>>>> end goal should be to reach a positive outcome for the project.
>>>>
>>>>> Rather what is a bad opinion for the project (i.e. an expression of an
>>>>> idea) there? How do you put the limit?
>>>>
>>>> It's not opinions that are bad. Instead: modes of discussion.
>>>>
>>>>> - In 3.3 you added the notion of having "good people skills" for
>>>>>  commiters. How do you define "having good people skills"? This notion
>>>>> completely depends on the culture of the people interacting in the
>>>>> project. I propose to remove that sentence. It suffices to say that
>>>>> all contributors of the projects obey to the Code Of Conduct and make
>>>>> the Code Of Conduct enough generic.
>>>>
>>>> How do you define good technical skills? This stuff is always
>>>> dependant on individual interpretation. My goal here is to make it
>>>> explicit that as a project we value people skills over technical
>>>> skills.
>>>>
>>>> I would rather have someone who is helpful and cooperative on our
>>>> lists and who is only an average programmer, than someone who is
>>>> unhelpful and uncooperative who is an excellent programmer.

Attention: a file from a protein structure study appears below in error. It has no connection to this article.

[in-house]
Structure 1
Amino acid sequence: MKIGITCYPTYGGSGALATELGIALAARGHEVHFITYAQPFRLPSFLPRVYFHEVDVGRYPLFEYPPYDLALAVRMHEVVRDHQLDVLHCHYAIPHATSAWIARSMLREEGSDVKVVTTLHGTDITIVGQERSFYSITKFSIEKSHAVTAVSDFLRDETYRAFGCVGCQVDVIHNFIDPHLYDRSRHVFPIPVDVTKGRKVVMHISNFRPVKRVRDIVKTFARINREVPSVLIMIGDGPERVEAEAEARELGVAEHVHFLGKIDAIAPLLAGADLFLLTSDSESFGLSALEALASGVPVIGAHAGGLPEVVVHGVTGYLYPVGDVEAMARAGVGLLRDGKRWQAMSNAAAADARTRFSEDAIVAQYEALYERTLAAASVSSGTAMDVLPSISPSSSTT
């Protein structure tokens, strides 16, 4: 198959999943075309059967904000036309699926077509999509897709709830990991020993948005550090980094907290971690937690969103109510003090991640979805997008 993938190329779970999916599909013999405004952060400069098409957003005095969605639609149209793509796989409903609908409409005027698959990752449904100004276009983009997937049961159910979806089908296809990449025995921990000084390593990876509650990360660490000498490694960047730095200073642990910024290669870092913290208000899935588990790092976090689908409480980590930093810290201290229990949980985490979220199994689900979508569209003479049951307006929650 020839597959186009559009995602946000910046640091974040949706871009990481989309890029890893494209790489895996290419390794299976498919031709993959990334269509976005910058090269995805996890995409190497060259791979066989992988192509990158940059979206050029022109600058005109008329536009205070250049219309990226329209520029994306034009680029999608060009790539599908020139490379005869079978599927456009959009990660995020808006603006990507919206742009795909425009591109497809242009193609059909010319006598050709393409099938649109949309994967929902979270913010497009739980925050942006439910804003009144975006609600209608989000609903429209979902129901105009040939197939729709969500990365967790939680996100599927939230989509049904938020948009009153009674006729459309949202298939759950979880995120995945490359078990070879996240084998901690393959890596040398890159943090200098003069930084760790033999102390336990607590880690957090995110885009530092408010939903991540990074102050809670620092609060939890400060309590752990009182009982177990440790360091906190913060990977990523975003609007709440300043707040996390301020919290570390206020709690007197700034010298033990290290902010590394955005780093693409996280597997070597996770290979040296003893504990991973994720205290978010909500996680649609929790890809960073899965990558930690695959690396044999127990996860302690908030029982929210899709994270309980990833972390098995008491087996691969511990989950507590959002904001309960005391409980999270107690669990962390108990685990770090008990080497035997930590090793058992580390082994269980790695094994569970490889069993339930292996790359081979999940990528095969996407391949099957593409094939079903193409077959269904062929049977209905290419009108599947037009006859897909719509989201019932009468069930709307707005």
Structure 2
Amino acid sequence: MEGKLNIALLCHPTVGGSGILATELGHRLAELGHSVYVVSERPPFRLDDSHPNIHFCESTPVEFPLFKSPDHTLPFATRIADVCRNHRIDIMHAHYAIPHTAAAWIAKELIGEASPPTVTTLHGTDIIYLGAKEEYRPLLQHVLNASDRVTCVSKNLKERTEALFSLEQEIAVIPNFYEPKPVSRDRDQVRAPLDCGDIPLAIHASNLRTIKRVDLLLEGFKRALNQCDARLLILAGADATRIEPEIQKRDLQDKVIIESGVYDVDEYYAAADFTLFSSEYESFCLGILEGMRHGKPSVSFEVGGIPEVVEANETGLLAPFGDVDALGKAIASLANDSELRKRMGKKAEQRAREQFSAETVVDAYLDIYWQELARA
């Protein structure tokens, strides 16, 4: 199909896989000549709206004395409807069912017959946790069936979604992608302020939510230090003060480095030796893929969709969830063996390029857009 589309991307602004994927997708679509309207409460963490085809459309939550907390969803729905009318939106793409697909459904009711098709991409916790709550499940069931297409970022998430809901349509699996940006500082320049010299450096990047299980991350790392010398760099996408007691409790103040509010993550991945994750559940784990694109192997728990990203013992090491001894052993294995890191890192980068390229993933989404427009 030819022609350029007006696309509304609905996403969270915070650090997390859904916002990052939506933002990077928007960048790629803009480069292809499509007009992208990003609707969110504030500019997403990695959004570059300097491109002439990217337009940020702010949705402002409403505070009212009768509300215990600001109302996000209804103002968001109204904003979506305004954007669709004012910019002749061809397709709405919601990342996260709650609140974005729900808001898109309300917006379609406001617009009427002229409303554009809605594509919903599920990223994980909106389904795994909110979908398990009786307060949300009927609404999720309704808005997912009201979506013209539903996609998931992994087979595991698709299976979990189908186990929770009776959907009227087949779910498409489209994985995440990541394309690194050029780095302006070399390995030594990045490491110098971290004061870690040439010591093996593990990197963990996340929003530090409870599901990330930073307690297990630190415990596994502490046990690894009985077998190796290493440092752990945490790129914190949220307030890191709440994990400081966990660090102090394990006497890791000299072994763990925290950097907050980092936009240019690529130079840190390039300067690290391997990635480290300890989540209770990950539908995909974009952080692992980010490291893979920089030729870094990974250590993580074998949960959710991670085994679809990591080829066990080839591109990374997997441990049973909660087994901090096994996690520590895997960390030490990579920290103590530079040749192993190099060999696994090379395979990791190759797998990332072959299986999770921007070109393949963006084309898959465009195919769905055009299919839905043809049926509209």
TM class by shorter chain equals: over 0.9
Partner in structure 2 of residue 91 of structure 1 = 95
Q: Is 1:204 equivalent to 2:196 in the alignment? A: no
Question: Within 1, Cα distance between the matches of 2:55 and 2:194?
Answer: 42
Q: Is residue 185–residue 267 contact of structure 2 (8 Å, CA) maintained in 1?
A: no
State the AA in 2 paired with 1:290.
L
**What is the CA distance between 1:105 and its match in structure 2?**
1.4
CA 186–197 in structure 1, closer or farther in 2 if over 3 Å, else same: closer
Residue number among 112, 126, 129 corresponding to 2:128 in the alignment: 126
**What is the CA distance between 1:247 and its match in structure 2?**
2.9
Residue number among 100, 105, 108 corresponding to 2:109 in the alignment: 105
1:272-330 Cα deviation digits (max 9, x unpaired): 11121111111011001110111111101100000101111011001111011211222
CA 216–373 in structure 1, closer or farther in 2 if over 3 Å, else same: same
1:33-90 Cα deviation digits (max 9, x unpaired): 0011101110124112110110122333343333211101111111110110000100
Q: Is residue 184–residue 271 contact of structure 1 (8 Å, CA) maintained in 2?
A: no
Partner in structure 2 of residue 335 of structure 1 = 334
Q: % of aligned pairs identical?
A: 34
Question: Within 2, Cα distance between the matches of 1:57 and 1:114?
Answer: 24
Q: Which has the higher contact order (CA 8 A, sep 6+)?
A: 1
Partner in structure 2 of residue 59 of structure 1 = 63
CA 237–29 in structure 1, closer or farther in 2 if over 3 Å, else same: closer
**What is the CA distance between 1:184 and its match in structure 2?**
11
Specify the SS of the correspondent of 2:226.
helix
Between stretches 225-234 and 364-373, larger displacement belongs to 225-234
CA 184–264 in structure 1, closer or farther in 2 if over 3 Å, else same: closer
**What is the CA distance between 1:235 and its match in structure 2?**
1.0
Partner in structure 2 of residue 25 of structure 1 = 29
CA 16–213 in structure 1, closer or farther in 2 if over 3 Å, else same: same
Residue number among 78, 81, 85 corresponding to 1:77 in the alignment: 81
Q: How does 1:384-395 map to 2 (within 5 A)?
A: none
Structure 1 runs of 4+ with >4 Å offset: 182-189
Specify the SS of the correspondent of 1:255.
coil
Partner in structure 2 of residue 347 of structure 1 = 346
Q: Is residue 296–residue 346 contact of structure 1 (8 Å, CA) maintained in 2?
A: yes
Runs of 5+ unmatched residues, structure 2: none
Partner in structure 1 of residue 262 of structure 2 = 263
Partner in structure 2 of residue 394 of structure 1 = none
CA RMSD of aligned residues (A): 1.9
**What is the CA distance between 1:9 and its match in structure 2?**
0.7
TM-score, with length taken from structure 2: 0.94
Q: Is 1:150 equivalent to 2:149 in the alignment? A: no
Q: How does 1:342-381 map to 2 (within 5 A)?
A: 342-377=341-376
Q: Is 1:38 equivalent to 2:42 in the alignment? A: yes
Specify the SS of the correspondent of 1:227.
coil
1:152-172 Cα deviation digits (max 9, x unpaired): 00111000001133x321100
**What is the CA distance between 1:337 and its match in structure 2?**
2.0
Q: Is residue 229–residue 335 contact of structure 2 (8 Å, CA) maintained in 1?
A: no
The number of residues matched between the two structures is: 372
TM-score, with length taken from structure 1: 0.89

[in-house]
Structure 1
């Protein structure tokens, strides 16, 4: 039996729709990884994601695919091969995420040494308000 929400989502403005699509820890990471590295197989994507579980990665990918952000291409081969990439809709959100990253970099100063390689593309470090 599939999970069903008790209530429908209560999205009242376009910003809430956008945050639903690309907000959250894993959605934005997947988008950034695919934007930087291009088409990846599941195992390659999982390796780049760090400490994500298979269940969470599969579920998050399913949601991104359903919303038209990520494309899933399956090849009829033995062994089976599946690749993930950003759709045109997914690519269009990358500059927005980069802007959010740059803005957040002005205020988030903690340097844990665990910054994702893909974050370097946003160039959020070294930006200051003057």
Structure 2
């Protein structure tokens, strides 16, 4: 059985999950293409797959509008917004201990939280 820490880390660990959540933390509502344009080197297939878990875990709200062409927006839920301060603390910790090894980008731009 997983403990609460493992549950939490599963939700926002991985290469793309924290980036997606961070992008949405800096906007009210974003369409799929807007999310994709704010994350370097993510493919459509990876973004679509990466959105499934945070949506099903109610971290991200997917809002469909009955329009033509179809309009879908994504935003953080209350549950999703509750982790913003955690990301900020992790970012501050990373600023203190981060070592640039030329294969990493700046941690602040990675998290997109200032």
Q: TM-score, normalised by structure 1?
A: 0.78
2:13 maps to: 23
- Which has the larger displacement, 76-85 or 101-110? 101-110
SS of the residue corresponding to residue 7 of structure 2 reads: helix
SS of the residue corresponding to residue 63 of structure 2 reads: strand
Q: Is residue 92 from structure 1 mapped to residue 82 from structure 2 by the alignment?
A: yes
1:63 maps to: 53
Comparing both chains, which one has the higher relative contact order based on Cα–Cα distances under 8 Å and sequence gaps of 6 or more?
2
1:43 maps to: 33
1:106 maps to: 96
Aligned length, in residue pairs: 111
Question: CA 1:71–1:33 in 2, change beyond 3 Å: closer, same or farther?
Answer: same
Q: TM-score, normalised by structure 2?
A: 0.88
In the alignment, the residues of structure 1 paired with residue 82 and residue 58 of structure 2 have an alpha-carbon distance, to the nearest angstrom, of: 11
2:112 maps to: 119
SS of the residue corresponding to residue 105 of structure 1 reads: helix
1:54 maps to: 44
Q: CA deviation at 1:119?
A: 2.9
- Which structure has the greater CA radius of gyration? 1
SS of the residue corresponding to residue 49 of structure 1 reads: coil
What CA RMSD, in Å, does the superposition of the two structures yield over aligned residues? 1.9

>>>>
>>>> This is not usually the case for OSS projects. But I believe it is
>>>> important. Which is why I want to bake it inout our bylaws.
>>>>
>>>>> - What about having the PMC members renewed each years by a vote of the
>>>>>  community? So they will be the choice of the community? PMC members
>>>>> could be proposed during a period by the community and then a vote will
>>>>> happen.
>>>>
>>>> What benefits would this bring?
>>>>
>>>>> - The same for a chair. We could make it renewable more often. For
>>>>>  example each 3 or 5 years.
>>>>
>>>> I've included this in the draft already. I am proposing that the chair
>>>> is reelected every year.
>>>>
>>>> Thanks,
>>>>
>>>> --
>>>> Noah Slater
>>>> https://twitter.com/nslater
>>>
>>>
>>>
>>> --
>>> Noah Slater
>>> https://twitter.com/nslater
>>
>>
>>
>> --
>> Noah Slater
>> https://twitter.com/nslater



-- 
Noah Slater
https://twitter.com/nslater